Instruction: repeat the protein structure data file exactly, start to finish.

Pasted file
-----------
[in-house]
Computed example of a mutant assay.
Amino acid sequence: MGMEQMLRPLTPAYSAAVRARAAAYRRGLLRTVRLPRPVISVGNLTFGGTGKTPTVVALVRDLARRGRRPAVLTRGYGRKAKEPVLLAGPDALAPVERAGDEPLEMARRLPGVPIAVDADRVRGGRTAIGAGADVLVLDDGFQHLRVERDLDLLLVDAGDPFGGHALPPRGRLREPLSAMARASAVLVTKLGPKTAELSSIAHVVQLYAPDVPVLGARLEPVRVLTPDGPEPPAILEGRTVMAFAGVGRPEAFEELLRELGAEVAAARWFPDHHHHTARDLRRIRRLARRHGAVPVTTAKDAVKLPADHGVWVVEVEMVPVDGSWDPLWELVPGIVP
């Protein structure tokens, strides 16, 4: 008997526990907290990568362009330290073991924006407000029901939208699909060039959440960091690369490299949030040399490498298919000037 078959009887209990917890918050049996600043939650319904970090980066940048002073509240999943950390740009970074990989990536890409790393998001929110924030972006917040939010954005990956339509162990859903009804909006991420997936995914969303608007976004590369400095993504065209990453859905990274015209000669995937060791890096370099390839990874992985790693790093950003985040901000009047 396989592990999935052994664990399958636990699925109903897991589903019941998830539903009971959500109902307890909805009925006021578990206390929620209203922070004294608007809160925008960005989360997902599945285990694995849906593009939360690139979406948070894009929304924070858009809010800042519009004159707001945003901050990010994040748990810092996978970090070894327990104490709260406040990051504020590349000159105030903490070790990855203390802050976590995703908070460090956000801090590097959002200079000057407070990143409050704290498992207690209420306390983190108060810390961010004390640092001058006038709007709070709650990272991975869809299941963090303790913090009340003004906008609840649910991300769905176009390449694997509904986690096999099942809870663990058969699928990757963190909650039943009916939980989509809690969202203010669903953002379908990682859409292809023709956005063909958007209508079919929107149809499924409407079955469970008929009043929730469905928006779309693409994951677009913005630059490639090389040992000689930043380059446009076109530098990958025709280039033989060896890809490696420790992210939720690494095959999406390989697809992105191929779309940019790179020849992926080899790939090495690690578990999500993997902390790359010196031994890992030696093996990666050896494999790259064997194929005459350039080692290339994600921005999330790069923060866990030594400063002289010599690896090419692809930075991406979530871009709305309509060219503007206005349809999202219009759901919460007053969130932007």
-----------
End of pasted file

[in-house]
Computed example of a mutant assay.
Amino acid sequence: MGMEQMLRPLTPAYSAAVRARAAAYRRGLLRTVRLPRPVISVGNLTFGGTGKTPTVVALVRDLARRGRRPAVLTRGYGRKAKEPVLLAGPDALAPVERAGDEPLEMARRLPGVPIAVDADRVRGGRTAIGAGADVLVLDDGFQHLRVERDLDLLLVDAGDPFGGHALPPRGRLREPLSAMARASAVLVTKLGPKTAELSSIAHVVQLYAPDVPVLGARLEPVRVLTPDGPEPPAILEGRTVMAFAGVGRPEAFEELLRELGAEVAAARWFPDHHHHTARDLRRIRRLARRHGAVPVTTAKDAVKLPADHGVWVVEVEMVPVDGSWDPLWELVPGIVP
């Protein structure tokens, strides 16, 4: 008997526990907290990568362009330290073991924006407000029901939208699909060039959440960091690369490299949030040399490498298919000037 078959009887209990917890918050049996600043939650319904970090980066940048002073509240999943950390740009970074990989990536890409790393998001929110924030972006917040939010954005990956339509162990859903009804909006991420997936995914969303608007976004590369400095993504065209990453859905990274015209000669995937060791890096370099390839990874992985790693790093950003985040901000009047 396989592990999935052994664990399958636990699925109903897991589903019941998830539903009971959500109902307890909805009925006021578990206390929620209203922070004294608007809160925008960005989360997902599945285990694995849906593009939360690139979406948070894009929304924070858009809010800042519009004159707001945003901050990010994040748990810092996978970090070894327990104490709260406040990051504020590349000159105030903490070790990855203390802050976590995703908070460090956000801090590097959002200079000057407070990143409050704290498992207690209420306390983190108060810390961010004390640092001058006038709007709070709650990272991975869809299941963090303790913090009340003004906008609840649910991300769905176009390449694997509904986690096999099942809870663990058969699928990757963190909650039943009916939980989509809690969202203010669903953002379908990682859409292809023709956005063909958007209508079919929107149809499924409407079955469970008929009043929730469905928006779309693409994951677009913005630059490639090389040992000689930043380059446009076109530098990958025709280039033989060896890809490696420790992210939720690494095959999406390989697809992105191929779309940019790179020849992926080899790939090495690690578990999500993997902390790359010196031994890992030696093996990666050896494999790259064997194929005459350039080692290339994600921005999330790069923060866990030594400063002289010599690896090419692809930075991406979530871009709305309509060219503007206005349809999202219009759901919460007053969130932007």